Son of the 9th Duke and Lady Harriet Stewart (b.?, d.1788), daughter of Alexander Stewart, 6th Earl of Galloway. Born in London and educated at Harrow and Christ Church Oxford, he spent some of his youth abroad, cultivating a taste for the finer things. He returned to Britain in 1801 and the following year he was made a Fellow of the Royal Society and a Fellow of the Society of Antiquaries. In 1803 he followed his father as MP for Lancashire but left the House of Commons in 1806 when he was made a Privy Counsellor and Ambassador to Russia. He was Grand Master of the Freemasons of Scotland from 1820 to 1822, and a Trustee of the British Museum from 1834 to 1852. He served as Lord High Steward at the coronations of both William IV and Queen Victoria. He was made a Knight of the Garter in 1836 and was also Lord-Lieutenant of Lanarkshire from 1802 to his death and a Trustee of the British Museum from 1834. He was known in life as a bit of a dandy, with exaggerated airs and graces as befitted his standing, and always wore military-like clothing. He was interested in Ancient Egypt and arranged for his body to be mummified after his death and preserved in a sarcophagus in Hamilton Palace. His daughter Lady Susan Harriet Catherine Hamilton (b.1814, d.1889) married Henry Pelham Pelham-Clinton, 4th Duke of Newcastle-under-Lyme.


11th Duke of Hamilton, William Alexander Anthony Archibald Hamilton, b.1811, a.1852, d.1863


Son of the 10th Duke and Susan Euphemia Beckford (b.1786, d.1859), a grand-daughter of Charles Gordon, 4th Earl of Aboyne, Educated at Eton and Christ Church Oxford, he was Grand Master of the Freemasons in Scotland from 1833 to 1835. He held the posts of Knight Marischal from 1846 and Lord-Lieutenant of Lanarkshire from 1852, both until his death. His daughter Lady Mary Victoria Douglas-Hamilton (b.1850, d.1922) married Albert Grimaldi, Prince of Monaco, and when this was annulled married Tassilo de Tolna, Prince of Hungary.


12th Duke of Hamilton, William Alexander Louis Stephen Douglas-Hamilton, b.1845, a.1863, d.1895


Son of the 11th Duke and Marie Amelie Elisabeth Karoline, Prinzessin von Baden (b.1818, d.1888). Born in London, he was educated at Eton and Christ Church Oxford. In 1864 he was created 1st Duc de Chatellerault and in 1878 he was made a Knight of the Thistle. In 1867 he was close to financial ruin until one of his racehorses won the Grand National, but he remained financially disadvantaged all his life. In 1886, he succeeded as 8th Earl of Selkirk following the death of his younger brother Charles George Douglas-Hamilton, according to the unusual rules of succession of that title. He married Lady Mary Louise Elizabeth Montagu (b.1854, d.1934), daughter of William Drogo Montagu, 7th Duke of Manchester, and their only child Lady Mary Louise Douglas-Hamilton (b.1884, d.1957) married James Graham, 6th Duke of Montrose.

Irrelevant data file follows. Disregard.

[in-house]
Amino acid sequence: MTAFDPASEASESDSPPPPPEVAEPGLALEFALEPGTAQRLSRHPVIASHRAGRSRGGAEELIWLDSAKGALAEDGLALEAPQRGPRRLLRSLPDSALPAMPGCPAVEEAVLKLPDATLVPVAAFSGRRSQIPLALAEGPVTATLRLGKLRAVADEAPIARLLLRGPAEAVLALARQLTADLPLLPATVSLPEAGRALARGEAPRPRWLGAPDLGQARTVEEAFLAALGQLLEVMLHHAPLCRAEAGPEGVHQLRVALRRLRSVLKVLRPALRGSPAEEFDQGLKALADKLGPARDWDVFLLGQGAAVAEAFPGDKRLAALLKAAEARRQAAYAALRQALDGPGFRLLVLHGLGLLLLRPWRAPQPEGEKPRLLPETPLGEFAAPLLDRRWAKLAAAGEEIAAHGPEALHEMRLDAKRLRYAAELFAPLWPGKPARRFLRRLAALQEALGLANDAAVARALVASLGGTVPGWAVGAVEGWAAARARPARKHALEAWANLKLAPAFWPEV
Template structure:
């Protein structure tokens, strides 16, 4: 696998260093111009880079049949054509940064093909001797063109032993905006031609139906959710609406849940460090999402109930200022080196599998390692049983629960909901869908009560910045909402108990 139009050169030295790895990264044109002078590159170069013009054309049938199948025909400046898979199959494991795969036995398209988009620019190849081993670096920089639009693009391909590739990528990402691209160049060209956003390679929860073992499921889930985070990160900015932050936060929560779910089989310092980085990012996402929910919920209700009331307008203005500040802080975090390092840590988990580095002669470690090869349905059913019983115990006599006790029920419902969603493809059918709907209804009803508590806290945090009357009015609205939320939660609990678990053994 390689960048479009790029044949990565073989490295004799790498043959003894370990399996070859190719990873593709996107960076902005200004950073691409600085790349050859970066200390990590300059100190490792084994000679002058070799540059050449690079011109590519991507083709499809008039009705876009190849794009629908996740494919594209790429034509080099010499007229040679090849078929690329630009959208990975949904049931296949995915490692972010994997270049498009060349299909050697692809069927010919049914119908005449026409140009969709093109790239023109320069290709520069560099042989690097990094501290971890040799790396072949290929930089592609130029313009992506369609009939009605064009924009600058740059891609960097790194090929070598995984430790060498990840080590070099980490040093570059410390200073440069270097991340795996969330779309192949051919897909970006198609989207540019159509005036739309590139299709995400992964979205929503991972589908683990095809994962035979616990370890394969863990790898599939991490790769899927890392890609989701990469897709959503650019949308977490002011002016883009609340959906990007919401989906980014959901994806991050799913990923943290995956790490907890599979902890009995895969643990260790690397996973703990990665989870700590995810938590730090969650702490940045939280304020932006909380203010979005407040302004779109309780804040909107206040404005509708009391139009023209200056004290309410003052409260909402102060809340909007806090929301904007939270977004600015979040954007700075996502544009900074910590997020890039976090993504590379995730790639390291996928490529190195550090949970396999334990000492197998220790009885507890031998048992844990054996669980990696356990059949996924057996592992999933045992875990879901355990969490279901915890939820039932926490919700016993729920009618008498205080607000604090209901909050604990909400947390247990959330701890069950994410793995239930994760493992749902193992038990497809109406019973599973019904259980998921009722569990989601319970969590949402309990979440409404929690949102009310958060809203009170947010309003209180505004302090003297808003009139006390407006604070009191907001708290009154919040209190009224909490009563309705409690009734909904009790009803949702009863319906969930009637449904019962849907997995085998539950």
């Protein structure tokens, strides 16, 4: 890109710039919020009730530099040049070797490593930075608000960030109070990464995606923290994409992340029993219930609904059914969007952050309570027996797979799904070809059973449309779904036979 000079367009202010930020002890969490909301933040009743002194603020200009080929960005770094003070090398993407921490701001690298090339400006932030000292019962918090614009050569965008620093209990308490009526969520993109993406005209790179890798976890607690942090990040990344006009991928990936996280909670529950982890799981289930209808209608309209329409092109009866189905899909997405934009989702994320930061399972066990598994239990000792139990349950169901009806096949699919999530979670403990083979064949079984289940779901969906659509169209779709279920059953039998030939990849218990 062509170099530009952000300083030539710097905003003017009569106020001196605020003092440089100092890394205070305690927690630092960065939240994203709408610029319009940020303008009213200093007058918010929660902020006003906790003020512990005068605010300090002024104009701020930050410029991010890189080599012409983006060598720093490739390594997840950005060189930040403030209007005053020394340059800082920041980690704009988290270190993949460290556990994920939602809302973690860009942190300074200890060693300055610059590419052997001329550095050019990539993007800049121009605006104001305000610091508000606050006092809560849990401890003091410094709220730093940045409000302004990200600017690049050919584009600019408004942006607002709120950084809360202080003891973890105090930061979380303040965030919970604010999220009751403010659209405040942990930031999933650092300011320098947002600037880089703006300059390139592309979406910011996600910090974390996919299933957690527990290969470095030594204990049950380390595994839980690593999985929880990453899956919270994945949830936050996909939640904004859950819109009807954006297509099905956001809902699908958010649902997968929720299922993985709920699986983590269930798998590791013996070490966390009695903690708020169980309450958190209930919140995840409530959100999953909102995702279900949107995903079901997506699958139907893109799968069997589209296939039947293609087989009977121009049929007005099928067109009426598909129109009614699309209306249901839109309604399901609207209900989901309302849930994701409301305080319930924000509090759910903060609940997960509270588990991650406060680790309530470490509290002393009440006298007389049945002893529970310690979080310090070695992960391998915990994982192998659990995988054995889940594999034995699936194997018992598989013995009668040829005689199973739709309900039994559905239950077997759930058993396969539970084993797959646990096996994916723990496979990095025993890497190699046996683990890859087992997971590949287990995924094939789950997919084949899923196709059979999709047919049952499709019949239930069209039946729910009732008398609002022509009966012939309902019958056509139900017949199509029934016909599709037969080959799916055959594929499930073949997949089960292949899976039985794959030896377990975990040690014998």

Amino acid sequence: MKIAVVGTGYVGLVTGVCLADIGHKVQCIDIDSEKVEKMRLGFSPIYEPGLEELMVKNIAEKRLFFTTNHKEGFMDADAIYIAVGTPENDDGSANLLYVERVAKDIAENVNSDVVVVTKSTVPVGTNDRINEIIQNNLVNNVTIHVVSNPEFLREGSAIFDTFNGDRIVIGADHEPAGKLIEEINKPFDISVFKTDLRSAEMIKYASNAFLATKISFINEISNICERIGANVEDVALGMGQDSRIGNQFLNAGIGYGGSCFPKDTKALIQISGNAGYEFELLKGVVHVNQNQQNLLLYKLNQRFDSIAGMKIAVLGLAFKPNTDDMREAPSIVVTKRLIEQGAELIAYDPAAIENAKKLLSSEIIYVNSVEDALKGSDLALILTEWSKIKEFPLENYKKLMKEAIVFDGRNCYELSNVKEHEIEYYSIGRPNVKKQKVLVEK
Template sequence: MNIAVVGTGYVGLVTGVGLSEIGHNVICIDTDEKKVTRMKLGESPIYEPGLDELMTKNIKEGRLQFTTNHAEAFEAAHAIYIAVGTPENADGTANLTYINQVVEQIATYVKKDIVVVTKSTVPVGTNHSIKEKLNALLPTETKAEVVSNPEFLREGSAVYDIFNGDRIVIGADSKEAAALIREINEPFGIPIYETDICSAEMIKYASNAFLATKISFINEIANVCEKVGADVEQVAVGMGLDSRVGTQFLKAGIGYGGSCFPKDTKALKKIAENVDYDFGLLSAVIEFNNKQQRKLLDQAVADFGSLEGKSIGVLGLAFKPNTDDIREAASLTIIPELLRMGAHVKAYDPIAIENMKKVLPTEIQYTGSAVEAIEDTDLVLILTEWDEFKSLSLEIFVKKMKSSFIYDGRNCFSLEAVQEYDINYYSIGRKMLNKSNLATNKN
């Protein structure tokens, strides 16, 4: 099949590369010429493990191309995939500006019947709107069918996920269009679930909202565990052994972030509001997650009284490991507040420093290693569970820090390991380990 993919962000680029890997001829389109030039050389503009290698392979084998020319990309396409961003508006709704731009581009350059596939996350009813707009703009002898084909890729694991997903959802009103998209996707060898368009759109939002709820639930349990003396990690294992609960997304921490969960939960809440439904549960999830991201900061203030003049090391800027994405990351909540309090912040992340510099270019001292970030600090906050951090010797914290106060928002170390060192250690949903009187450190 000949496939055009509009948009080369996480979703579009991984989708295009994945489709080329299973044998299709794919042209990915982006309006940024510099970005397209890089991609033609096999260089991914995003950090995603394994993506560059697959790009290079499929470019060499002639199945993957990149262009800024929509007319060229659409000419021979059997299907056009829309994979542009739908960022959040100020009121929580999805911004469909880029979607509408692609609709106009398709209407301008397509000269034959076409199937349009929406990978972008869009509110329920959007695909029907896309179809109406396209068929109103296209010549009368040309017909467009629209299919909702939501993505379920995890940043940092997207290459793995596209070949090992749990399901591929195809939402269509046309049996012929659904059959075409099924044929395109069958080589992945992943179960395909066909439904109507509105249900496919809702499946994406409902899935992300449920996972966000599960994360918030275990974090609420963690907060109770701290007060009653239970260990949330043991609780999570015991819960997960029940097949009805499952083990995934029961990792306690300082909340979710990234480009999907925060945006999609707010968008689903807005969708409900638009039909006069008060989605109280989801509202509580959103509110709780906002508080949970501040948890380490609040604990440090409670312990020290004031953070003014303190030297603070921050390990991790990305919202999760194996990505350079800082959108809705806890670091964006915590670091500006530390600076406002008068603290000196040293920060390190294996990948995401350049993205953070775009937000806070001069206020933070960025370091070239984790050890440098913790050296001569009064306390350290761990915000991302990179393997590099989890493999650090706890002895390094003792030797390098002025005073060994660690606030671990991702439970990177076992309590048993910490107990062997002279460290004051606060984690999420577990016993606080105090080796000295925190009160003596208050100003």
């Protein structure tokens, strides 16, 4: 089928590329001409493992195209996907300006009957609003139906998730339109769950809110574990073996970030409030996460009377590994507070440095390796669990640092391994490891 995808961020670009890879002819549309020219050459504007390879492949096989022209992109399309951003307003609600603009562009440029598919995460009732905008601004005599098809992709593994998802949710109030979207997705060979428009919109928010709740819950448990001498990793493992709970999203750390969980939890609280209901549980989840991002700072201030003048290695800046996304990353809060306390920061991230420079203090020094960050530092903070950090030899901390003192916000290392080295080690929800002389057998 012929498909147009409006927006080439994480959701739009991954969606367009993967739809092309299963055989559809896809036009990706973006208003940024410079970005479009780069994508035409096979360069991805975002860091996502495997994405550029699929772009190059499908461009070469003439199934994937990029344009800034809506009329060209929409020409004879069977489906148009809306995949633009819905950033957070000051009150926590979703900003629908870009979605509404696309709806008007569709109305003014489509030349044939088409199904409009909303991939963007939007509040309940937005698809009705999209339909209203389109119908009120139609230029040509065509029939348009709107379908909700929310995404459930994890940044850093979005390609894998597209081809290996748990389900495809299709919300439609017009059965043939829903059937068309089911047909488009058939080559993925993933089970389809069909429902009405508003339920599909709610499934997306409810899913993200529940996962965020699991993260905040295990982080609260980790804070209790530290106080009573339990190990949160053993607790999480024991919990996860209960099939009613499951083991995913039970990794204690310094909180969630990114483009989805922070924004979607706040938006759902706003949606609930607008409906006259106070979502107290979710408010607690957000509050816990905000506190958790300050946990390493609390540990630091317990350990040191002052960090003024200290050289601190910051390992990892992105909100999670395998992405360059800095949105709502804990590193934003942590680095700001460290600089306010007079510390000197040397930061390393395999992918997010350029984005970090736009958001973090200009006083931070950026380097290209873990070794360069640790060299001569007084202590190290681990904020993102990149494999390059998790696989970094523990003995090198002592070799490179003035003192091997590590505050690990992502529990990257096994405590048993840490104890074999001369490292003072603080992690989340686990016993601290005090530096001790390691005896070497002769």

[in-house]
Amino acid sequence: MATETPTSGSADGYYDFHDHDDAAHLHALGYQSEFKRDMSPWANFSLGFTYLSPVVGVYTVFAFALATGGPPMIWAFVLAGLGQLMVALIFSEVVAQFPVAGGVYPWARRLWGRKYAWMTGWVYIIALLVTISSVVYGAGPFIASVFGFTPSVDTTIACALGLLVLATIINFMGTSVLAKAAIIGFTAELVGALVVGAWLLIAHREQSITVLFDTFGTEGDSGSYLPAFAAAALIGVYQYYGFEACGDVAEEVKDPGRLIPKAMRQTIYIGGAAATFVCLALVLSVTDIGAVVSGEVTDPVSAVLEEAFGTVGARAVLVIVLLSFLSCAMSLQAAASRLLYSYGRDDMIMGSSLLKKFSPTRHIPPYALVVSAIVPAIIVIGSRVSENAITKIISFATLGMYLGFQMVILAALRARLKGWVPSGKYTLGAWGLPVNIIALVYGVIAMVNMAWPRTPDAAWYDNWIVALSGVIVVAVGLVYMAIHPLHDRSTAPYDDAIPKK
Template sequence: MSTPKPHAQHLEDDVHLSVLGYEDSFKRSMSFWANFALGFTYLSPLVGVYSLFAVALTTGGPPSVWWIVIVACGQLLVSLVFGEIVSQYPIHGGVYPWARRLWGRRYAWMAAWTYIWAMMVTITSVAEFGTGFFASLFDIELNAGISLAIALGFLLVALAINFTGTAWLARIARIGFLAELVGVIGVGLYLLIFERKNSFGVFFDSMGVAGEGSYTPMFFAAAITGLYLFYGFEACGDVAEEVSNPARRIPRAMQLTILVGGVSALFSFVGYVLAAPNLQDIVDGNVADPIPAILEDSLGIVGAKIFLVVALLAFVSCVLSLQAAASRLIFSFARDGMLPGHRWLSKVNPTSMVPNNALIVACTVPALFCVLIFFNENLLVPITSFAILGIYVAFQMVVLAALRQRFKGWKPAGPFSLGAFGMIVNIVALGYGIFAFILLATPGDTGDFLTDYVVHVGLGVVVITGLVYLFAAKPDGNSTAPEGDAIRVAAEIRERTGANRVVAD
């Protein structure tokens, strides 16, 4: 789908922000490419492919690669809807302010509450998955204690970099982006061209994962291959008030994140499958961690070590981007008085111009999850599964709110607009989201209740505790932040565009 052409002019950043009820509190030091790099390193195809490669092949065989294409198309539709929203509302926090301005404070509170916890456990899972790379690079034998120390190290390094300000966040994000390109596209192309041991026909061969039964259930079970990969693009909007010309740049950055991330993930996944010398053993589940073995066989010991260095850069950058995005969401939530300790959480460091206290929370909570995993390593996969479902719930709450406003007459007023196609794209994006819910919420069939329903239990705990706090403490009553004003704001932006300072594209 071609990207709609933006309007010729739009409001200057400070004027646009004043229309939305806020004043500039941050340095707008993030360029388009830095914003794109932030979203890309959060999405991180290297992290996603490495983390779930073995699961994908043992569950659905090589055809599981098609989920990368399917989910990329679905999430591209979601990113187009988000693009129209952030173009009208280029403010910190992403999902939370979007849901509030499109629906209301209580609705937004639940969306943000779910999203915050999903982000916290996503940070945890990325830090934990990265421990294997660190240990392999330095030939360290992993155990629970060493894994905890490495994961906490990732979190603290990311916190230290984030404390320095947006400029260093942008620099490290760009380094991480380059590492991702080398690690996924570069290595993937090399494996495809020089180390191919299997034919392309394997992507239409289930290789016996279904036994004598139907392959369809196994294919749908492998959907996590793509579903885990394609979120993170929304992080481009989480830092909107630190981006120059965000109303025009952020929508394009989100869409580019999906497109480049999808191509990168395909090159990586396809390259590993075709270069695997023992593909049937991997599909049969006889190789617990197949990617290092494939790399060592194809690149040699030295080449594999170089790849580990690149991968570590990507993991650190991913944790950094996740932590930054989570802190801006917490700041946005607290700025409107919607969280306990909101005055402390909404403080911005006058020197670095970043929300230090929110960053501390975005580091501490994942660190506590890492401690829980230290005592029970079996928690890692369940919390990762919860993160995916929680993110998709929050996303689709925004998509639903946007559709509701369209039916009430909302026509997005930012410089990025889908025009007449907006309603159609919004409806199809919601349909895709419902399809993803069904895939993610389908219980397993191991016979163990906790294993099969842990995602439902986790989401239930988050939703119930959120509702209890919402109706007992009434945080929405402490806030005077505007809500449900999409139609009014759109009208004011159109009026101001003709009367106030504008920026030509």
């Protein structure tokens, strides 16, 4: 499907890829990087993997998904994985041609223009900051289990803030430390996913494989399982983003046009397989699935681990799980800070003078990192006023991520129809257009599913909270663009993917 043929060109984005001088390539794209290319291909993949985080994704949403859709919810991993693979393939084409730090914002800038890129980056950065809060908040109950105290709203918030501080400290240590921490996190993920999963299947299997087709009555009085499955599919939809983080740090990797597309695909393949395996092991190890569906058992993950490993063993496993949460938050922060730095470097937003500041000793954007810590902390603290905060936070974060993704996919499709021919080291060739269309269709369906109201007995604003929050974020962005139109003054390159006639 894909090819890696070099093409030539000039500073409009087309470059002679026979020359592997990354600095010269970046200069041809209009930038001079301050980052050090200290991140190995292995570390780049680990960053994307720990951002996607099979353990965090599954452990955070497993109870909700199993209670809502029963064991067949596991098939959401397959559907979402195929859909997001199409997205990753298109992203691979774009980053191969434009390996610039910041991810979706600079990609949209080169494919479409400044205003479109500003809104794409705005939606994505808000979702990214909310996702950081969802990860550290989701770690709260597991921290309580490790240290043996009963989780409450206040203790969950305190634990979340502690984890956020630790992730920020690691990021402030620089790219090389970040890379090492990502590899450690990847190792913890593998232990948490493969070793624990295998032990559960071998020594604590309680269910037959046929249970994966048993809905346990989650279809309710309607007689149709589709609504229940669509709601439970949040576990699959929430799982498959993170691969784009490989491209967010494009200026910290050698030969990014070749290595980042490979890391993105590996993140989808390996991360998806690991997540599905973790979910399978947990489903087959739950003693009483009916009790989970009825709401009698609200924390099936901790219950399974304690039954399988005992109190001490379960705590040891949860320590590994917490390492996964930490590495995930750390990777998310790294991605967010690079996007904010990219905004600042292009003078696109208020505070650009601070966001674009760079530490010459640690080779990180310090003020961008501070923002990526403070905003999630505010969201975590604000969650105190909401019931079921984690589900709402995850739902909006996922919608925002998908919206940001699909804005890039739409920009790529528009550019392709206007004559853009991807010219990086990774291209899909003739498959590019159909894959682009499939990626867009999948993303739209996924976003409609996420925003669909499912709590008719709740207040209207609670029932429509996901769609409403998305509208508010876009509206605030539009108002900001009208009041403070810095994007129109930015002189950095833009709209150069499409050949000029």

13th Duke of Hamilton, Alfred Douglas Douglas-Hamilton, b.1862, a.1895, d.1940


With no immediate male heirs, the titles fell to a descendant of Lord Anne Hamilton (b.1709, d.1748), the younger brother of the 5th Duke. Highly unusually, he was named after his godmother, Queen Anne. He married Anna Charlotta Maria Powell (b.?, d.1791). Their son, Admiral Charles Powell Hamilton (b.1747, d.1825) married Lucretia Prosser (b.1754, d.1825). Their son Augustus Barrington Price Anne Powell Hamilton (b.1781, d.1849) married Maria Catherine Hyde (b.1783, d.1865). Their son Captain Charles Henry Hamilton (b.1808, d.1873) married Elizabeth Anne Hill (b.?, d.1867), and their son succeeded as 13th Duke. He joined the Royal Navy but was encouraged to switch to the Army by his distant cousin the 12th Duke, and was initially seen as a good match for the Duke’s daughter, before being partially paralysed by a tropical disease. When he succeeded his cousin, he was forced to sell off some of the Hamilton estates, including Brodick Castle in Arran, to service the family debt, while a large share of the Hamilton properties passed to the previous duke’s daughter. He was Honorary Lieutenant-Colonel of the 4th Battalion, Highland Light Infantry, and Honorary Colonel of the 6th Battalion, Cameronians (Scottish Rifles). Hamilton Palace was used as a Navy hospital during the First World War and had to be demolished afterwards, whereon the principal seat moved to Dungavel House near Strathaven.